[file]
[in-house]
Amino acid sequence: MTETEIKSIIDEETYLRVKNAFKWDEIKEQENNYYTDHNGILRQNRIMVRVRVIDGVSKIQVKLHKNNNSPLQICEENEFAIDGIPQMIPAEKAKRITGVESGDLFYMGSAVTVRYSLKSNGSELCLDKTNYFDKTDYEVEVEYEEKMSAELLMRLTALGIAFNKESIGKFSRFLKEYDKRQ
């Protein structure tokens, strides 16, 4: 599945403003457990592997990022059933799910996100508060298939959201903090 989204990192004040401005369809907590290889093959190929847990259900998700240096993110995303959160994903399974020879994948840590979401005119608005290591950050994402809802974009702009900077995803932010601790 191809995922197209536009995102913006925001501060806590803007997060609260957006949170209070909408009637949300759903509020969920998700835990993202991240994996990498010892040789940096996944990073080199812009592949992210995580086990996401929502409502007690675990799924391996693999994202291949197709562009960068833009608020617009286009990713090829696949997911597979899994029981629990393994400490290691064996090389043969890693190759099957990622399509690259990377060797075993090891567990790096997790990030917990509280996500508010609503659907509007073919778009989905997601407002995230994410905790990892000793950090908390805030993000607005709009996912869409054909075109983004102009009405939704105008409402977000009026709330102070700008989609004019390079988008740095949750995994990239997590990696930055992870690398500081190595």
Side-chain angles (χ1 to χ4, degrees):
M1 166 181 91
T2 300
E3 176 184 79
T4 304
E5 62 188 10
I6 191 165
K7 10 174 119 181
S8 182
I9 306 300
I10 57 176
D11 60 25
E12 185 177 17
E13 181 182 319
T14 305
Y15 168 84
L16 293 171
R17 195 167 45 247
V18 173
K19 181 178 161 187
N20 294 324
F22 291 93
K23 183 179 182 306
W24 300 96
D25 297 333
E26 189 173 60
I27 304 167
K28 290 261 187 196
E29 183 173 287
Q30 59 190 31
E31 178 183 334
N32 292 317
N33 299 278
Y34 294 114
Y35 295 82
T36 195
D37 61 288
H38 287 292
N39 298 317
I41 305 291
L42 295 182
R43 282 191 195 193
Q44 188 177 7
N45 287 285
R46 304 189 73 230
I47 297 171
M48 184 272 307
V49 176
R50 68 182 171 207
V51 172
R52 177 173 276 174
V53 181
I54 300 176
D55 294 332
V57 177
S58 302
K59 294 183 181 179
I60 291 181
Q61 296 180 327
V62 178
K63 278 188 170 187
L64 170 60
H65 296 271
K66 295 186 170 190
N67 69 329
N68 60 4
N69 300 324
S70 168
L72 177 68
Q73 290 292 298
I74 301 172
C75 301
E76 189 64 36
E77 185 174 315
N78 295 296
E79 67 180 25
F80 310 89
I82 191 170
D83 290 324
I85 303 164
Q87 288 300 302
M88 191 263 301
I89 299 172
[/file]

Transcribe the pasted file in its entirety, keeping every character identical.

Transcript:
[in-house]
Amino acid sequence: MTETEIKSIIDEETYLRVKNAFKWDEIKEQENNYYTDHNGILRQNRIMVRVRVIDGVSKIQVKLHKNNNSPLQICEENEFAIDGIPQMIPAEKAKRITGVESGDLFYMGSAVTVRYSLKSNGSELCLDKTNYFDKTDYEVEVEYEEKMSAELLMRLTALGIAFNKESIGKFSRFLKEYDKRQ
């Protein structure tokens, strides 16, 4: 599945403003457990592997990022059933799910996100508060298939959201903090 989204990192004040401005369809907590290889093959190929847990259900998700240096993110995303959160994903399974020879994948840590979401005119608005290591950050994402809802974009702009900077995803932010601790 191809995922197209536009995102913006925001501060806590803007997060609260957006949170209070909408009637949300759903509020969920998700835990993202991240994996990498010892040789940096996944990073080199812009592949992210995580086990996401929502409502007690675990799924391996693999994202291949197709562009960068833009608020617009286009990713090829696949997911597979899994029981629990393994400490290691064996090389043969890693190759099957990622399509690259990377060797075993090891567990790096997790990030917990509280996500508010609503659907509007073919778009989905997601407002995230994410905790990892000793950090908390805030993000607005709009996912869409054909075109983004102009009405939704105008409402977000009026709330102070700008989609004019390079988008740095949750995994990239997590990696930055992870690398500081190595």
Side-chain angles (χ1 to χ4, degrees):
M1 166 181 91
T2 300
E3 176 184 79
T4 304
E5 62 188 10
I6 191 165
K7 10 174 119 181
S8 182
I9 306 300
I10 57 176
D11 60 25
E12 185 177 17
E13 181 182 319
T14 305
Y15 168 84
L16 293 171
R17 195 167 45 247
V18 173
K19 181 178 161 187
N20 294 324
F22 291 93
K23 183 179 182 306
W24 300 96
D25 297 333
E26 189 173 60
I27 304 167
K28 290 261 187 196
E29 183 173 287
Q30 59 190 31
E31 178 183 334
N32 292 317
N33 299 278
Y34 294 114
Y35 295 82
T36 195
D37 61 288
H38 287 292
N39 298 317
I41 305 291
L42 295 182
R43 282 191 195 193
Q44 188 177 7
N45 287 285
R46 304 189 73 230
I47 297 171
M48 184 272 307
V49 176
R50 68 182 171 207
V51 172
R52 177 173 276 174
V53 181
I54 300 176
D55 294 332
V57 177
S58 302
K59 294 183 181 179
I60 291 181
Q61 296 180 327
V62 178
K63 278 188 170 187
L64 170 60
H65 296 271
K66 295 186 170 190
N67 69 329
N68 60 4
N69 300 324
S70 168
L72 177 68
Q73 290 292 298
I74 301 172
C75 301
E76 189 64 36
E77 185 174 315
N78 295 296
E79 67 180 25
F80 310 89
I82 191 170
D83 290 324
I85 303 164
Q87 288 300 302
M88 191 263 301
I89 299 172